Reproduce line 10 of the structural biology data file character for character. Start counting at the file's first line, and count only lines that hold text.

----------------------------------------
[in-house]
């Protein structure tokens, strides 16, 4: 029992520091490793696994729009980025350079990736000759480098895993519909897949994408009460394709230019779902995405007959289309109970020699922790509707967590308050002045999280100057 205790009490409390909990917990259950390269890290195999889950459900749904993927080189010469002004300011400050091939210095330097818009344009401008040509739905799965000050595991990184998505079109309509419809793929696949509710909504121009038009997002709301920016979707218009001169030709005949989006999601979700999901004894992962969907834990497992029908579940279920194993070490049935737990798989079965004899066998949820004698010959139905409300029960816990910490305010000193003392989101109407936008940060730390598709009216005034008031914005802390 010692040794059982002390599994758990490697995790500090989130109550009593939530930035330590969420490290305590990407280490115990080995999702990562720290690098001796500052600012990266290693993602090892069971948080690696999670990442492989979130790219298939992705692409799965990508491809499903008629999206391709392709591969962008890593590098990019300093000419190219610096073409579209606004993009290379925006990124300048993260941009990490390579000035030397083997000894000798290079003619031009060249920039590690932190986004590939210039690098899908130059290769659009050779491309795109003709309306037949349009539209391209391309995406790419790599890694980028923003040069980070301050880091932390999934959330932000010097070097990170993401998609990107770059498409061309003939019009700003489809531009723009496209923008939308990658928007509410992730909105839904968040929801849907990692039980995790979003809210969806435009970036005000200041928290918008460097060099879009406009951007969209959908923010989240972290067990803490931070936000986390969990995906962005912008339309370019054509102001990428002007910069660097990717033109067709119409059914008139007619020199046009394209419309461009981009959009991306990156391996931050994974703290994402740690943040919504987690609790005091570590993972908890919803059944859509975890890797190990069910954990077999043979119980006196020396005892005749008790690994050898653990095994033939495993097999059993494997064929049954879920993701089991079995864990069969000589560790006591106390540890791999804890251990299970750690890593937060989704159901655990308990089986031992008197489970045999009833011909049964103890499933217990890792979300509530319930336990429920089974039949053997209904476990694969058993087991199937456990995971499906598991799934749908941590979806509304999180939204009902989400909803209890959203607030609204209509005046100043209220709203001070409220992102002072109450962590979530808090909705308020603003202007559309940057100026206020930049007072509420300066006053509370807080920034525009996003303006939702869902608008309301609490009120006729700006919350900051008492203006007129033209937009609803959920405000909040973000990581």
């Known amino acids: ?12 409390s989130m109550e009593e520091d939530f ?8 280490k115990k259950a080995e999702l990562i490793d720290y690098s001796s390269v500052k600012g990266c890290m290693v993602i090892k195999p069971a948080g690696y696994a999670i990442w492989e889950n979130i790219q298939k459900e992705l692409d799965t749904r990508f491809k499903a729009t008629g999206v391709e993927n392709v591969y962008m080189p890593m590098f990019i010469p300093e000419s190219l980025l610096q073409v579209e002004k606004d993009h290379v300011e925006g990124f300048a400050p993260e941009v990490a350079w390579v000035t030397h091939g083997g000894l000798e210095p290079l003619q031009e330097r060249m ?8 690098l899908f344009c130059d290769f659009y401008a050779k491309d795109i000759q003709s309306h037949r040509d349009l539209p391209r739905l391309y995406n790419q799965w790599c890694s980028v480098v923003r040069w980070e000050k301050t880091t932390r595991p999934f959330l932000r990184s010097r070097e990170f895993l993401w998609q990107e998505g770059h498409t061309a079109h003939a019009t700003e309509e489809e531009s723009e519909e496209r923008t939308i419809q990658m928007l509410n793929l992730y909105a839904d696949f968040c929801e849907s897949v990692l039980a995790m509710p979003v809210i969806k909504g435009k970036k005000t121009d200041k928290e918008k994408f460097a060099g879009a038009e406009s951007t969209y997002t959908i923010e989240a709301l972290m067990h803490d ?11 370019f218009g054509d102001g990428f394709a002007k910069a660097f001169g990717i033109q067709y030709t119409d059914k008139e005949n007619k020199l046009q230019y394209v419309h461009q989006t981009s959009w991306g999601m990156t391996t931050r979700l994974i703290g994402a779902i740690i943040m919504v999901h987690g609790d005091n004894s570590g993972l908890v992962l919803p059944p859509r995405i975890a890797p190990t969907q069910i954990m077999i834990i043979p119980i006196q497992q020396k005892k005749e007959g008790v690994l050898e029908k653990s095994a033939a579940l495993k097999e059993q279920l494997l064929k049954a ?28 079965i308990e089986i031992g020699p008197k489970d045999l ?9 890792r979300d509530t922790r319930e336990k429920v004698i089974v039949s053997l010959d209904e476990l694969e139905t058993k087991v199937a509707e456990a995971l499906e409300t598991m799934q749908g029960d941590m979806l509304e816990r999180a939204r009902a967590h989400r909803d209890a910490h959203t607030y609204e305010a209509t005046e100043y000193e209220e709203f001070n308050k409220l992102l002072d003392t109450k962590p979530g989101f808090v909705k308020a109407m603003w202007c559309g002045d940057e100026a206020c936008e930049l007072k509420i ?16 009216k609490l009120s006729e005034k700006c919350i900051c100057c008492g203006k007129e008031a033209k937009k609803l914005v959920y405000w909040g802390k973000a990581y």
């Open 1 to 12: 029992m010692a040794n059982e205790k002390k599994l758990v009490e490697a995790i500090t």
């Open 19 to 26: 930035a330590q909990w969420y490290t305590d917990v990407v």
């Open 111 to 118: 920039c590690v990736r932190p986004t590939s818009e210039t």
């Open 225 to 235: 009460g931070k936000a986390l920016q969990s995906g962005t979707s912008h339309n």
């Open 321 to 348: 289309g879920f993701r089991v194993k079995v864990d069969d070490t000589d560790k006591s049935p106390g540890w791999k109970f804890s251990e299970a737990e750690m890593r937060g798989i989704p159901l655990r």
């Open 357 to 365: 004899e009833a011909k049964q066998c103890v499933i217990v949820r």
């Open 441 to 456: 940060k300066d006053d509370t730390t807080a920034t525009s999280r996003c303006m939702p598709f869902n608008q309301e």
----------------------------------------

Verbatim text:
């Open 441 to 456: 940060k300066d006053d509370t730390t807080a920034t525009s999280r996003c303006m939702p598709f869902n608008q309301e």